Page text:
BY FRANCESCA LEWIS
Normandie Wilson Is Tired Of Being Nice — that’s certainly an album title that announces its intentions. San Diego songbird Normandie Wilson is back with a new full length record and a brand new badass attitude. Known for her smooth laid back stylings, often compared to Burt Bacharach, Wilson is infusing her usual brand of jazzy cabaret with a punchy feminist attitude meant to empower others to do the same.
“For all the hurts you endured and all the smiles you held in the face of bullshit.” She writes in the album’s liner notes, “This is for you.”
Produced with David Fleminger (Manual Scan, The Answers), Normandie Wilson Is Tired Of Being Nice is a bold statement from an artist in control. The album is imbued with a new bawdy yet classy tone, inspired in part by her year working with a gay cabaret.
“In working as a part of a gay cabaret singing everything from k.d lang and Lesley Gore to ABBA and show tunes, I tapped into a performance side of myself that hadn’t been used in a very long time. I also connected with a community of amazing human beings all bound together under the LGBTQ umbrella. I didn’t just learn about the songs, I learned about the queerness that’s always been there in much of popular music. One of our pals at the bar wrote the song “Sillouette,” which on its surface is a straightforward “straight” love tune… written by a gay man about 50 years ago! Learning more about the erasure of lesbian artists and musicians from popular culture was important for me, too. I had been a Lesley Gore fan for years and years, and didn’t know she was openly lesbian until just before her death. Performers like Josephine Baker and Dusty Springfield… it’s important that we know their real history instead of the sugar-coated version that fits with the dominant cultural narrative of the times. Learning the stories from within the community, you get the real story.”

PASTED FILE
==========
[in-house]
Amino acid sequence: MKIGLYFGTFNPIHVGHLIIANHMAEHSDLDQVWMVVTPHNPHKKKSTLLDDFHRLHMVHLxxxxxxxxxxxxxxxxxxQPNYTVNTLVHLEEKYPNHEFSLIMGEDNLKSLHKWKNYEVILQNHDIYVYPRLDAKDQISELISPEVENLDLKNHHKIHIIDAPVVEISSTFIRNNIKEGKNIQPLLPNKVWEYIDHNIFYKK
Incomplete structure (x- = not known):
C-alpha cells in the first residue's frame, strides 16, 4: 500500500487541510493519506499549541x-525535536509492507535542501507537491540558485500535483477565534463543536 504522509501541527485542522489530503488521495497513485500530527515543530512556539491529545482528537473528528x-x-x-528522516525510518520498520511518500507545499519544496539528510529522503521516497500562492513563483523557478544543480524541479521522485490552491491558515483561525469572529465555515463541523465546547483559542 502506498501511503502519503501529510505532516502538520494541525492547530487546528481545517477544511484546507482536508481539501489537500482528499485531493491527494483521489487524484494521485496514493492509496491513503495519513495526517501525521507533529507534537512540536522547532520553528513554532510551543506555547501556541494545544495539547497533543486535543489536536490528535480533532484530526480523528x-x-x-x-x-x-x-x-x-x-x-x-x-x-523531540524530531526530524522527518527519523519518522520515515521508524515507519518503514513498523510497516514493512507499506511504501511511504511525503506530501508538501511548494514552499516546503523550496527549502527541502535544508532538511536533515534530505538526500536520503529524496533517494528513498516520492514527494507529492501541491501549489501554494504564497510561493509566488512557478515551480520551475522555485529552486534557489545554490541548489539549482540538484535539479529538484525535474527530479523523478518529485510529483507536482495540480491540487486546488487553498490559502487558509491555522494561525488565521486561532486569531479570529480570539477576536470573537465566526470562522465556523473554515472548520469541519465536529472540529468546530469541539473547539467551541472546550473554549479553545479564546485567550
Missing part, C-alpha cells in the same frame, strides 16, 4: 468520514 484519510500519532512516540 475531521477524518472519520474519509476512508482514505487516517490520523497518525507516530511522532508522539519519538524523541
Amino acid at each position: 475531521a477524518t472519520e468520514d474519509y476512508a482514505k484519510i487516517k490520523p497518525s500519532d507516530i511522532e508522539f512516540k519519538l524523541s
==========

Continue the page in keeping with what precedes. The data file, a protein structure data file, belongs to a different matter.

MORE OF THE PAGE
Wilson has written about heartbreak before, but this time she’s breaking up more with a way of being than with any particular person. These songs are all about anger, revenge, heartache, and naming pain, yet the sound is still recognizably Normandie, her playful tone and effortless vocals delivering a battle cry wrapped in pink glitter packaging. Her show-stopping look, with bubblegum colored wigs and vibrant make-up, is flamboyant and clearly inspired by her time touring with the gay cabaret.
“The queer community is one of the few places where I feel comfortable, because I don’t necessarily have to have it figured out. I can show up as my somewhere-on-the-Kinsey-scale feathered and sequinned self and be met with acceptance and love, and offer my support and song to others to brighten their day a little bit.”
Focused on the modern-day chanteuse’s experiences as a woman in the music industry and as a survivor of domestic abuse and sexual assault, it is a rare marrying of vintage jazz/pop and very contemporary feminist ideas. In it she weaves tales of rejection and resilience, producing 40 minutes of solidarity with anyone sick and tired of wearing a smile in the face of adversity.
One of the high points of the album comes right of the gate, in the form of opening track “Thank You”. A powerful ballad with the refrain “Thank you for being so terrible to me”, this is the perfect song to play at full volume after kicking someone toxic out of your life. Check out the video below:
Normandie Wilson is currently in residence every Wednesday at San Diego’s historic Lafayette Hotel – stop by for a martini or check out her album on bandcamp.
Francesca Lewis is a queer feminist writer from Yorkshire, UK. She writes for Curve Magazine and The Human Experience as well as writing short fiction and working on a novel. Her ardent love of American pop culture is matched only by her passion for analyzing it completely to death.